FIG. 8 shows first and second locking portions 180 and 182 that include toothed protrusions 190 and 192. Protrusions 190 and 192 may be permanently fixed to shafts 172 and 174, respectively, and may be configured to extend away from their respective shafts, towards each other. Protrusions 190 and 192 may be configured to include any suitable number of teeth 194 and 196, respectively. When shaft 170 is approached to shaft 172, protrusions 190 and 192 may be configured to engage to hold shafts 170 and 172 together. In one embodiment, teeth 194 may be configured to engage teeth 196 to hold the shafts together. In one embodiment, protrusions 190 and 192 may include any suitable number of teeth. In particular, protrusions 190 and 192 may have more than one tooth each, which may allow multiple engagement positions for protrusions 190 and 192. Protrusions 190 and 192 may be similar to the protrusions of a hemostat.

Advantages of this apparatus include the possibility of accommodating any size suture ‘bite.’ In particular, since the suture needle is used on the outside of the plug, the size of the ‘bite’ is not limited by the size of an outer contour that is placed against the lumen wall. Plug 102 may have any suitable profile, and may have any suitable shape such as a cone, cone section, cube, sphere, hemisphere, or any other suitable shape. In particular, plug 102 may have a low profile, such as a small cone with a flat plate underneath. Additional advantages may include eliminating patient blood loss, eliminating the need to clamp lumen 130, prevention of leaving foreign material behind, minimization of compression force against lumen wall 136 to create a hemostatic seal, and the apparatus is adaptable with current surgical techniques, as well as other advantages. It will be understood that the features of plug 102 may be included in plug 161, and the features of plug 161 may be included in plug 102.

FIG. 9 shows another alternative embodiment according to the principles of the present invention. Plug apparatus 200 may be inserted into lumen 202 through incision 206. Plug apparatus 200 may include a plug 210 which may consist of a flexible strand 216 which may be molded into a conical shape to create a series of overlapping spirals. At the distal end 214 of plug 210, shaft 212 may be connected to the end of strand 216. In one embodiment, strand 216 may be made of any material with suitable elastic properties such as, for example, silicone, urethane, a low durometer material such as a polymer, a plastic, or any other suitable material. Shaft 212 may be configured to assist with the deployment and sealing of plug 210. In one embodiment, plug 210 is made of a material with sufficient stiffness that a suture needle may not penetrate the plug.

To deploy plug apparatus 200, shaft 212 is inserted into lumen 202 through incision 206. Flexible strand 216 may be compressed as it is inserted through incision 206. Once flexible strand 216 is entirely within lumen 202, shaft 212 may be pulled against lumen wall 204 to compress the overlapping spirals of plug 210, as shown in FIG. 10 a. The top-most spiral of plug 210 may be compressed against lumen wall 204. Plug 210 may then create a seal between the top-most spiral and lumen wall 204, which may provide a bloodless operating field. The surgeon may operate within plug 210 without having any blood obscure the field. In one embodiment, shaft 212 may be attached by any suitable means to lumen 202 or any other suitable portion of the operating field such that plug 210 remains in contact with lumen wall 204 and provides a hemostatic seal.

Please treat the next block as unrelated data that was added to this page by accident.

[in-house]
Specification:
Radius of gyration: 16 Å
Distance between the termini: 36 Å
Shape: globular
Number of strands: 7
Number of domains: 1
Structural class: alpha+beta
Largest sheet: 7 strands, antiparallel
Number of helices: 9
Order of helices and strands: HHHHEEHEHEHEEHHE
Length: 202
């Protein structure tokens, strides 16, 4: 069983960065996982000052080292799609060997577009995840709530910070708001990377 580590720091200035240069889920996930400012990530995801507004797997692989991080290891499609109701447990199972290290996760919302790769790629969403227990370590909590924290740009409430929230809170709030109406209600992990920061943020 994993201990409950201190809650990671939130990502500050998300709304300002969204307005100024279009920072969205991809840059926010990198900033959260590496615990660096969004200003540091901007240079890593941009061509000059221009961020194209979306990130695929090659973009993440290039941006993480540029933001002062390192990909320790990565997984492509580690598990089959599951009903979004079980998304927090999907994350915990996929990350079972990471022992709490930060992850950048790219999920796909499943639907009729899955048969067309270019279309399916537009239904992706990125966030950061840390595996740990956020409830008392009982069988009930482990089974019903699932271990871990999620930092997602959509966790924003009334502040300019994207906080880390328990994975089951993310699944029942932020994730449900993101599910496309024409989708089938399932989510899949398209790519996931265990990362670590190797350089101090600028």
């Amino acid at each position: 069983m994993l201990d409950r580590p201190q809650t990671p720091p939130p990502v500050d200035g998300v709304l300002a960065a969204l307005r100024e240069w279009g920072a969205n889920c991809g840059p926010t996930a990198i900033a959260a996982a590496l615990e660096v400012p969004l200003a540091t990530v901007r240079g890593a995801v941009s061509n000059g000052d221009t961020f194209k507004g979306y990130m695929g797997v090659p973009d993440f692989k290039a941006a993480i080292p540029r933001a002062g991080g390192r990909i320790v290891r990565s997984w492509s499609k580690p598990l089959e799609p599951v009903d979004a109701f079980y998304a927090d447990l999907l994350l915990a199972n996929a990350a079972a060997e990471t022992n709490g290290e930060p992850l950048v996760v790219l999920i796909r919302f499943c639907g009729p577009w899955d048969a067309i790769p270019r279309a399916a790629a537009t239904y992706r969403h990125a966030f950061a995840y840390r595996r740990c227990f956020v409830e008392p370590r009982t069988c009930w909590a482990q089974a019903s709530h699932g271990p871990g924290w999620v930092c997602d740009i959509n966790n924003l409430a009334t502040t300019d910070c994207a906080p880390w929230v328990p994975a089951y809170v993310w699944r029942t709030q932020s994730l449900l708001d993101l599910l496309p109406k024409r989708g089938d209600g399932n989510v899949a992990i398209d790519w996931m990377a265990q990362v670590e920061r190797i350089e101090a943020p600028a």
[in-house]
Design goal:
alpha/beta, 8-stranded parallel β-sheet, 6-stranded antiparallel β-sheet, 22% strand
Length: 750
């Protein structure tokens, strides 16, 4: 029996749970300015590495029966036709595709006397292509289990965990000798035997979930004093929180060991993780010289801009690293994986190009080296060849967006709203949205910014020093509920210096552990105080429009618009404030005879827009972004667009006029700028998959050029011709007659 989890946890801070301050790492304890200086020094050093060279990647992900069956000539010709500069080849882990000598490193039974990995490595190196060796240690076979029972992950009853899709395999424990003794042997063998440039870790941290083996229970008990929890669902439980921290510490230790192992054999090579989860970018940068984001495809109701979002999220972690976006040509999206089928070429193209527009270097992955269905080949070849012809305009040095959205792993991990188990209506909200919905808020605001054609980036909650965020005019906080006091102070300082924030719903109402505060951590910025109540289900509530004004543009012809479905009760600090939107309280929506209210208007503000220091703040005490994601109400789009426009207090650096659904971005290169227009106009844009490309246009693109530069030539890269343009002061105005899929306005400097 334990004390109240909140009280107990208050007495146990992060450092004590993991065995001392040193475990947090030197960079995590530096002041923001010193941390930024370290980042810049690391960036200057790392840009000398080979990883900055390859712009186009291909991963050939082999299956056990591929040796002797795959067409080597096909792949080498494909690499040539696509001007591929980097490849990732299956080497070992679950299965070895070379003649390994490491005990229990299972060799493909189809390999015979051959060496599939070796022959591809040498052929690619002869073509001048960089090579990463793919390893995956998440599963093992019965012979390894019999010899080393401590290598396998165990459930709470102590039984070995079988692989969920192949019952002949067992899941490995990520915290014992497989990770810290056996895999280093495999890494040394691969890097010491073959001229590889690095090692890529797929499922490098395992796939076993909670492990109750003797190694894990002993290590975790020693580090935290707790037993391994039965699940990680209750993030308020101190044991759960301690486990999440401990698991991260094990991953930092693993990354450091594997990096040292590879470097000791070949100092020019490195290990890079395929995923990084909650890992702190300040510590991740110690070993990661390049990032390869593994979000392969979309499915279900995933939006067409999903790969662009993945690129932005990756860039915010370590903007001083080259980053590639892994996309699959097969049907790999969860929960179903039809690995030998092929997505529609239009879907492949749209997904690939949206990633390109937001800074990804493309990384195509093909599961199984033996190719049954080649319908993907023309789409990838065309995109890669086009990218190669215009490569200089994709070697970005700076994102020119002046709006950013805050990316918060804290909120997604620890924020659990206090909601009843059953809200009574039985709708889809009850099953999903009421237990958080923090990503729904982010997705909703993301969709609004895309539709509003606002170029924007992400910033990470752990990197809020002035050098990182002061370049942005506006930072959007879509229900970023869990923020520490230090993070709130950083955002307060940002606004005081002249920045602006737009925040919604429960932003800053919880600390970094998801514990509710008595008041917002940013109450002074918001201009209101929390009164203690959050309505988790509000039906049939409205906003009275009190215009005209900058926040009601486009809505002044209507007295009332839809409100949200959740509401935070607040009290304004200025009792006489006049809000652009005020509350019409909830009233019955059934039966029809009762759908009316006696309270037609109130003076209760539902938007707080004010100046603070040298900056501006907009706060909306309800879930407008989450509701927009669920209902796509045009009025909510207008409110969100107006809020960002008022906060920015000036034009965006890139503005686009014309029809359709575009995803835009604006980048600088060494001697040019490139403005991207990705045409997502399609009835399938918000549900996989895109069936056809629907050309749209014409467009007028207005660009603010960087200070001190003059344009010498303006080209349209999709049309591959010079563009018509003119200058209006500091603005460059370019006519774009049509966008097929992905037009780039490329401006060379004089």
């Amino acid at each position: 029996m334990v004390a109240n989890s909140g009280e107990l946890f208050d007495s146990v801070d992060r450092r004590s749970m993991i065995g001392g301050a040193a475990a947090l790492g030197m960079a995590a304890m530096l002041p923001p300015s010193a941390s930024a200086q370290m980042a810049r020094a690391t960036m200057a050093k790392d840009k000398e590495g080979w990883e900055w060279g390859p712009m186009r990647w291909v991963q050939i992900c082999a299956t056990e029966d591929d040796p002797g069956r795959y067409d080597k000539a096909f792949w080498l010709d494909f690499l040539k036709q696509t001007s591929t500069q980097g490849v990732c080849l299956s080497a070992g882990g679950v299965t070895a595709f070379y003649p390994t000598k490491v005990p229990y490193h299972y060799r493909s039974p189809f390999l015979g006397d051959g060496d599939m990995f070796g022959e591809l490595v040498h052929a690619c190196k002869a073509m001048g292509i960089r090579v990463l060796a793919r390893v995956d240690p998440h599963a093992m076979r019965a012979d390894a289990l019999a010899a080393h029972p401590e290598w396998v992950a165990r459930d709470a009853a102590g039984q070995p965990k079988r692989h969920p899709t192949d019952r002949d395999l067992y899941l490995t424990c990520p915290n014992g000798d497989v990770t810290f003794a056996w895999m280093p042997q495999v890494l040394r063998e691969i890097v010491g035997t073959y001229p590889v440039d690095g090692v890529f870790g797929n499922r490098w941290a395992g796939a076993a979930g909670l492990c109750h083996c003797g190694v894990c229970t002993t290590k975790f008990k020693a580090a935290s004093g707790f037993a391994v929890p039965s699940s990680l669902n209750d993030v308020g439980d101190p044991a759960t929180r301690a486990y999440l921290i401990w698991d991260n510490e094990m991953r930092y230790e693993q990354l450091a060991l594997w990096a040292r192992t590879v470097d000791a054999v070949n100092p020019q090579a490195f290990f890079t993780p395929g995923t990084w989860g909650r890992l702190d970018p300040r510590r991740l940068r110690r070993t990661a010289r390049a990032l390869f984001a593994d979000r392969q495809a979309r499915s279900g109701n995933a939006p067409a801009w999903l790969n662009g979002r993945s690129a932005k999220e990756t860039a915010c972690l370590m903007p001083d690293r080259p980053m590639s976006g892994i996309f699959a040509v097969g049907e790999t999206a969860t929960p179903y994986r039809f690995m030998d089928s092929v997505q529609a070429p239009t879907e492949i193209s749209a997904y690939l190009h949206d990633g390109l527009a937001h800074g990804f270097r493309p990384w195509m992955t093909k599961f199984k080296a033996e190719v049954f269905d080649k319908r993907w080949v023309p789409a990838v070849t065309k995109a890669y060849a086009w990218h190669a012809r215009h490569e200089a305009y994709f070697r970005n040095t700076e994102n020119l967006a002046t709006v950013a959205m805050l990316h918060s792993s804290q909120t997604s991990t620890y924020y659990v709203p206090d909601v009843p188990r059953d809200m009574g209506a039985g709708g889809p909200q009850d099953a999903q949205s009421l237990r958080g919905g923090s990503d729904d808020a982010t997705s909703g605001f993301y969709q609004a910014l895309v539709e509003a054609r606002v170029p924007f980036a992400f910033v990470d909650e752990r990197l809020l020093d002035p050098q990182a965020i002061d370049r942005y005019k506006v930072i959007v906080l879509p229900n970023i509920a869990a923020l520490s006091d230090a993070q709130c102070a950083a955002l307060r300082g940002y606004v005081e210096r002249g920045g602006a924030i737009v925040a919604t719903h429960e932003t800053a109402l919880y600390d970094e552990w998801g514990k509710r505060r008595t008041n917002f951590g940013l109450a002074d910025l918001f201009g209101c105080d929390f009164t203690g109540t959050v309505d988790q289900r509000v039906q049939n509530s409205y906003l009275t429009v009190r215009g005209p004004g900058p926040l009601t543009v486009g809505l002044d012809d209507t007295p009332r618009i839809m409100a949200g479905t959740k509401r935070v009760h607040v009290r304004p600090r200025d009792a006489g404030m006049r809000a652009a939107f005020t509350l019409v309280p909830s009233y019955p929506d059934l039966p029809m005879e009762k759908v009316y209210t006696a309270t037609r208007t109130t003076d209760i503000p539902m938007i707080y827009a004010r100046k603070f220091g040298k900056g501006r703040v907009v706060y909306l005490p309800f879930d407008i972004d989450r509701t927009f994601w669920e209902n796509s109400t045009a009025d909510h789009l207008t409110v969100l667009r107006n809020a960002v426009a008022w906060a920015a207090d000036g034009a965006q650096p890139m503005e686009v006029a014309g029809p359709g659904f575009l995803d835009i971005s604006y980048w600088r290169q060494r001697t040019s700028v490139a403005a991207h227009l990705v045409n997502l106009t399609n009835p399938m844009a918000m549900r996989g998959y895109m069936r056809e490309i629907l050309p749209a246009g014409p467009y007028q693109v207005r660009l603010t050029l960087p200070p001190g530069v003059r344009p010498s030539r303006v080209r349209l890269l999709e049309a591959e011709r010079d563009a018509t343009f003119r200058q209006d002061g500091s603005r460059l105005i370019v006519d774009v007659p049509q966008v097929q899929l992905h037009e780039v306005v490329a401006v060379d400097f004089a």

In one embodiment, the top-most spiral may include a contour 218 so that plug 210 more snuggly fits against curved lumen wall 204, as shown in FIG. 10 b. Contour 218 may lower the required force on shaft 212 for a hemostatic seal between plug 210 and lumen wall 204. With a non-contoured device, more force must be applied to shaft 212 to flatten lumen wall 204 so that the top-most spiral and lumen wall 204 are in direct contact.

To deploy plug apparatus 200 for some CABG procedures, shaft 212 and plug 210 may be placed within graft lumen 220, as shown in FIG. 11. In one embodiment, graft lumen 220 may be placed over shaft 212 before plug 210 is inserted into lumen 202 through incision 206. If plug apparatus 200 is deployed within graft lumen 220, shaft 212 may extend beyond the graft lumen so that the shaft may be pulled to create a proper hemostatic seal. Once graft lumen 220 is in place, a surgeon may suture the graft lumen onto lumen 202 using sutures 222. In one embodiment, sutures 222 may be cinched before removing plug apparatus 200.

To remove plug apparatus 200, tube 230 may be inserted over shaft 212. Tube 230 may be lowered to the anastomosis site. Once the tube in place, shaft 212 may be pulled through the tube, containing flexible strand 216 within the tube to prevent trauma to graft lumen 220. Tube 230 may be as small as possible, provided flexible strand 216 and shaft 212 fit through the tube. In some embodiments, it may be desirable to first remove the portion of flexible strand 216 that forms the top-most spiral, and remove the distal portion last. Wire 240 (FIG. 9) may be attached to the top-most portion of flexible strand 216, and may be used to pull flexible strand 216 out through tube 230.